The Foundation of Digital Games is moving ahead with its conference this year as an online event, spanning from September 15-18. It only requires an online seat registration in order to attend.
September 23 is the next meeting of the Boston Area IF Meetup.
October 3 is the next meeting of the SF/Bay Area IF Meetup.
October 3-4 is the weekend for Roguelike Celebration 2020. This year it will be online-only. More specifics about the event can be found here.
It’s the final stretch! Entries for IFComp 2020 are due September 28. There is still time for interested parties to donate cash or other items to the prize fund.
IntroComp has just posted a list of the winners for their 2020 contest, and you can still check out any of the titles from the now-completed inkjam 2020.
XYZZY Award finalists for 2019 have just been announced – yes, later in the year than usual, but this is an unusual year. Congratulations to all the nominees! Anyone may vote for winners, in categories from Best Story to Best Individual NPC to Best Technological Innovation. This year’s nominees include a range of parser and choice-based work, and some games — from AI Dungeon to Disco Elysium — that are neither.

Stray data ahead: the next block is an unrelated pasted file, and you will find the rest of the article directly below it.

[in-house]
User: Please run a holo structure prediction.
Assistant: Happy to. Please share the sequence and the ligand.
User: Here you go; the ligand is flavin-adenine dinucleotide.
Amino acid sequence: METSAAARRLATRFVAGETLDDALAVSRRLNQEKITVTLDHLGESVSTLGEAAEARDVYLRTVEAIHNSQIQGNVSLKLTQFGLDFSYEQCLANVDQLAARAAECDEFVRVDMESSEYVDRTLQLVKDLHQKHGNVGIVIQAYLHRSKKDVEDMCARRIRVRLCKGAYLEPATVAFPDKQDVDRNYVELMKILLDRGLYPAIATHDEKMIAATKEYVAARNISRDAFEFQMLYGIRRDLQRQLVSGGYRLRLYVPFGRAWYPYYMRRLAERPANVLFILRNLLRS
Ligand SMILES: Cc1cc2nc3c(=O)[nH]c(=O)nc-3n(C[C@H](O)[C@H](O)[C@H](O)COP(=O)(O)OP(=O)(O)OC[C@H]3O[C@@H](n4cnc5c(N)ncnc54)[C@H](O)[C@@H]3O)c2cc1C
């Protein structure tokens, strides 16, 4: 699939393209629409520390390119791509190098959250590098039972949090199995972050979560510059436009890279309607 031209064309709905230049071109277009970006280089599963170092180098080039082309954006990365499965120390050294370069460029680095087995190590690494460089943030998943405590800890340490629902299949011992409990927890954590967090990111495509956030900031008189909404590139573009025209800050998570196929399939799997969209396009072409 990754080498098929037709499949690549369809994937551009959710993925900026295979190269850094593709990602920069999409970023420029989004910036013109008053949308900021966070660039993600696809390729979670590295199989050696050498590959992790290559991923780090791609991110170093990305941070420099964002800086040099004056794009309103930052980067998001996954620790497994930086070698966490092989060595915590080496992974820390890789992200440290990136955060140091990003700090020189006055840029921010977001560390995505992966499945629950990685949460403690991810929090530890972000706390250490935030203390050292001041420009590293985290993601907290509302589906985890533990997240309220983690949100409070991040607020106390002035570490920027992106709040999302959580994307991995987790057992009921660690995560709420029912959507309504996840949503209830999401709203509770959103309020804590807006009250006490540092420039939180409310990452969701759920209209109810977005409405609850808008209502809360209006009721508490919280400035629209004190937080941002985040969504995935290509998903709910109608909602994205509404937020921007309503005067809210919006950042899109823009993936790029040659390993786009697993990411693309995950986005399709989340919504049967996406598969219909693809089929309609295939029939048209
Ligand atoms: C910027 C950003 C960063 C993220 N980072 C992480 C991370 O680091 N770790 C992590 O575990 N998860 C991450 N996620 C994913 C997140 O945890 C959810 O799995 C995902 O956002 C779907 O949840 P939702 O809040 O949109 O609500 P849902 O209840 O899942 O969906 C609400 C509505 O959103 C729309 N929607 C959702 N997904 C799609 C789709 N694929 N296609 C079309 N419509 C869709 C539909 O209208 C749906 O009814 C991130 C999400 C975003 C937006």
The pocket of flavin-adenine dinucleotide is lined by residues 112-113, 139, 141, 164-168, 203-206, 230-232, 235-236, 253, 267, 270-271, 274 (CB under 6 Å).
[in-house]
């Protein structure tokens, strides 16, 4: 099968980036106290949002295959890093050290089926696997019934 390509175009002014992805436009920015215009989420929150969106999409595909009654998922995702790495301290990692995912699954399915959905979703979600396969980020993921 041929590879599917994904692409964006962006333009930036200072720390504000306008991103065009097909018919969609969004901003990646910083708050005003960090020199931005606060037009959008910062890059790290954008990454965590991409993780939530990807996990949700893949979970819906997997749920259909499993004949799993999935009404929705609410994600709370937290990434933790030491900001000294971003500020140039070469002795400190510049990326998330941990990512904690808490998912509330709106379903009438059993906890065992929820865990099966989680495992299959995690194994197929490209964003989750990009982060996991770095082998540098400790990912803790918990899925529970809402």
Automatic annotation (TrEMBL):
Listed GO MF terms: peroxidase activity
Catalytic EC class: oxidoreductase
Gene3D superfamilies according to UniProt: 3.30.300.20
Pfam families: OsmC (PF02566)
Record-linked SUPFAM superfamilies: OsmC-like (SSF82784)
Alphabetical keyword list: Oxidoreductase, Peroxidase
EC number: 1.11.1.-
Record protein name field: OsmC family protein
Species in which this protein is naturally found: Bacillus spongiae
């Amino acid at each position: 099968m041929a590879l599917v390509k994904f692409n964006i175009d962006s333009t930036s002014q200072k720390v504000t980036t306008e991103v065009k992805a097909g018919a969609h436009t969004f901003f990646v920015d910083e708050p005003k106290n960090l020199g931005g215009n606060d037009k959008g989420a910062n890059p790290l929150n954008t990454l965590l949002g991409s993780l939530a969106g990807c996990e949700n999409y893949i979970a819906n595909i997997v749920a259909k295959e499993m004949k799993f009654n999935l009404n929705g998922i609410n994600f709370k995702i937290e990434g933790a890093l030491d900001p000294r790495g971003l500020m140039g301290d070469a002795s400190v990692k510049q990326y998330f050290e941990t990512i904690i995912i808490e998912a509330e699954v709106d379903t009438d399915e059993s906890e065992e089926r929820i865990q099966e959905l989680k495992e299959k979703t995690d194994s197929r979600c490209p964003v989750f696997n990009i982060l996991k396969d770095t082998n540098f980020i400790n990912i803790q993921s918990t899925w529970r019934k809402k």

Inkle is about to unveil their latest game Pendragon, slated to release on Steam on September 22. The game promises to be a character-based adventure set around the mythology of King Arthur and the Knights of the Round Table.
Meanwhile, September 24 is the release date for Vampire: The Masquerade — Night Road from Choice of Games and Kyle Marquis and set in the Vampire: The Masquerade universe:
It’s a new Dark Age for the dead. When the Second Inquisition’s vampire hunters hacked phone lines and computer networks to expose and destroy vampires all over the world, the elders turned to undead couriers like you. For ten years, you’ve raced across the desert between cities, delivering vital information and supplies. But when an old friend reappears with a plan to disrupt the blood trade across the American Southwest, everything you’ve built starts crashing down.
Someone recently asked me about writing for audio games. I had the wonderful good fortune to be educated by Jude Kampfner, a hugely experienced producer of radio for the BBC and others.
That process was one of the most effective professional learning experiences of my career. I continue to use techniques that she taught me. She’s very interested in games as a medium, and we had many many conversations about them while we put together Game Over.
I mention this because she’s now doing some freelance coaching, editing, and feedback on audio projects, as well as some broader workshops on creative career development. She is such a resource. If you are trying to learn the craft of writing for audio and you have funds for professional development, I definitely recommend talking to her.